Annual Assessments

2019 Annual Assessment

Global Trends and Policy Recommendations
Integrated Anti-Semitism Index: Europe and the US
Special Chapters: Jewish Creativity and Cultural Outputs


Shmuel Rosner


Avinoam Bar-Yosef, Dan Feferman, Shlomo Fischer Avi Gil, Inbal Hakman, Michael Herzog, Dov Maimon, Gitit Paz-Levi, Steven Popper, Uzi Rebhun, John Ruskay, Noah Slepkov, Adar Schiber, Rami Tal, Shalom Salomon Wald


Barry Geltman

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2019 Annual Assessment

Elements found across such successful initiatives –
religious, social, text-learning, social justice, environmental and other forms – include:

  • Emergent communities and other Jewish start-ups often form around a leader and their vision, brand, or style and do not seek to cater to or build consensus among a range of ages, tastes or opinions in an existing community.
  • Many are independent of established denominational or national movements. They question the benefits of belonging to a national denomination and stress nimbleness as an advantage.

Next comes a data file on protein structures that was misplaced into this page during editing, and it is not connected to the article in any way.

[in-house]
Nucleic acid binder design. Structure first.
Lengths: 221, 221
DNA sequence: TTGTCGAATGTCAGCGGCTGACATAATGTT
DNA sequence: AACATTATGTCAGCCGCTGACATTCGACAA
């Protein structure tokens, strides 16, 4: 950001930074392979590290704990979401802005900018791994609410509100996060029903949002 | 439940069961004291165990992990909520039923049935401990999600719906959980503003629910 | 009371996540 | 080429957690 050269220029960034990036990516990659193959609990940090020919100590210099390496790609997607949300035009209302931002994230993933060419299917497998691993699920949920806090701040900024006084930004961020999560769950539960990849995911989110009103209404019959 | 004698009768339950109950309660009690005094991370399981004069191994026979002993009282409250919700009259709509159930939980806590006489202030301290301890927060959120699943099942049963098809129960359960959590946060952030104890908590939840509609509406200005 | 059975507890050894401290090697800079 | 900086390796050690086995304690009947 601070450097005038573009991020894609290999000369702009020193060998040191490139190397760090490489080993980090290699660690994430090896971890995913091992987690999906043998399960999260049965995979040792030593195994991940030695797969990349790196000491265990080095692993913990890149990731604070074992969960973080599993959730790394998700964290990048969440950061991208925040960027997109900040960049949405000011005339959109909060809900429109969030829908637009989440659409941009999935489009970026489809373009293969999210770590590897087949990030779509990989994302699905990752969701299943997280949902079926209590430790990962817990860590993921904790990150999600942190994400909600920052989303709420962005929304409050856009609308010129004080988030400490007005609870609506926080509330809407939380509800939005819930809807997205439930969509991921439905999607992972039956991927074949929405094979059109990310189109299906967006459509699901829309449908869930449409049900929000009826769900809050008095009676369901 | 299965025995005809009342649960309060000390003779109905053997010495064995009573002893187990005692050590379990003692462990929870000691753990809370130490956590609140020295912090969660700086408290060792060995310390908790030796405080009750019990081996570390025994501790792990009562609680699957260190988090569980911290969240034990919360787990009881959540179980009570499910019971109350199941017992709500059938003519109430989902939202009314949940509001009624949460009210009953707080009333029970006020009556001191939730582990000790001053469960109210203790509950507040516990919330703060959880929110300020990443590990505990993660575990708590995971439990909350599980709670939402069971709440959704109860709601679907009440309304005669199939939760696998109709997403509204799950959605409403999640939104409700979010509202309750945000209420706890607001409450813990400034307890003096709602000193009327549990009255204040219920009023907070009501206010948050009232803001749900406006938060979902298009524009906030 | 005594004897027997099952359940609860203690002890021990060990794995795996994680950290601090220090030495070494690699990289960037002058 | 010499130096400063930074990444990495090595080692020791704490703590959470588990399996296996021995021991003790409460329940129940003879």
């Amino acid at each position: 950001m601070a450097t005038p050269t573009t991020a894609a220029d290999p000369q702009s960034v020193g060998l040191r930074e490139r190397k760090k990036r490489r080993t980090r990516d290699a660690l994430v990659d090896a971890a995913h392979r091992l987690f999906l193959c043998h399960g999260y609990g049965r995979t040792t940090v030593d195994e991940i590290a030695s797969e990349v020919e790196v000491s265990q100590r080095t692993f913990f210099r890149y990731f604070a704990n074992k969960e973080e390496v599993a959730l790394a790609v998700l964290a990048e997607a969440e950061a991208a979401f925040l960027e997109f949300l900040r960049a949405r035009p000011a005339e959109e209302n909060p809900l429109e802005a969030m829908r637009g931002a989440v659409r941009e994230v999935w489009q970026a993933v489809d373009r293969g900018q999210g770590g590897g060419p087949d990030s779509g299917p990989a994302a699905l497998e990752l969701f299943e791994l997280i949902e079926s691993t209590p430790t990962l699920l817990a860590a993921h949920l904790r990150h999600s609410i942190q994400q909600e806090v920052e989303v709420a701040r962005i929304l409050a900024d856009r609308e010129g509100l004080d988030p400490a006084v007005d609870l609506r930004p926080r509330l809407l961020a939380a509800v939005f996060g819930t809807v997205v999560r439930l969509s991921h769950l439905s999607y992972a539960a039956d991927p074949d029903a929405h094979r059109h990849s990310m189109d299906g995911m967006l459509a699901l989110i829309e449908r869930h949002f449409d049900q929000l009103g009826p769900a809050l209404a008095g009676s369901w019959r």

• Many of these initiatives seek depth and authenticity through reengaging with Jewish texts and traditions. Within religious start-ups such as independent minyanim and the JEN communities, services are highly musical and participatory, but at the same time mostly in Hebrew. The JEN communities, for example, employ significant thought to make the services accessible to new comers, while being authentic, and without “watering down” the experience. Text study, lectures, and social programming are approached with similar thoughtfulness.
  • To make services more participatory, opulent sanctuaries are eschewed, and prayer books are often designed by each community according to their needs – fully translated and transliterated; some have done away with printed texts altogether and use electronic screens instead.
  • Some communities employ unique membership and payment models. While most have some form of membership, they realize unengaged and younger Jews are put-off by the common membership practices of most synagogues. Most employ a hybrid “Chabad” model, in which all are welcome for services, but “members” or “partners” have access to the rabbis for life cycle events. Sixth and I in Washington DC has membership system and asks participants to register and pay for each event on their community website. The past decade has shown that making such changes significantly affects turnout and the overall funds raised. 11
  • Perhaps by their nature, but crucial to their success, many of those involved in such endeavors are charismatic, entrepreneurial and talented young leaders.
  • On the branding and conceptual level, we see names reminiscent of start-ups, often evoking a sense of informality, youth, creative energy and intimacy.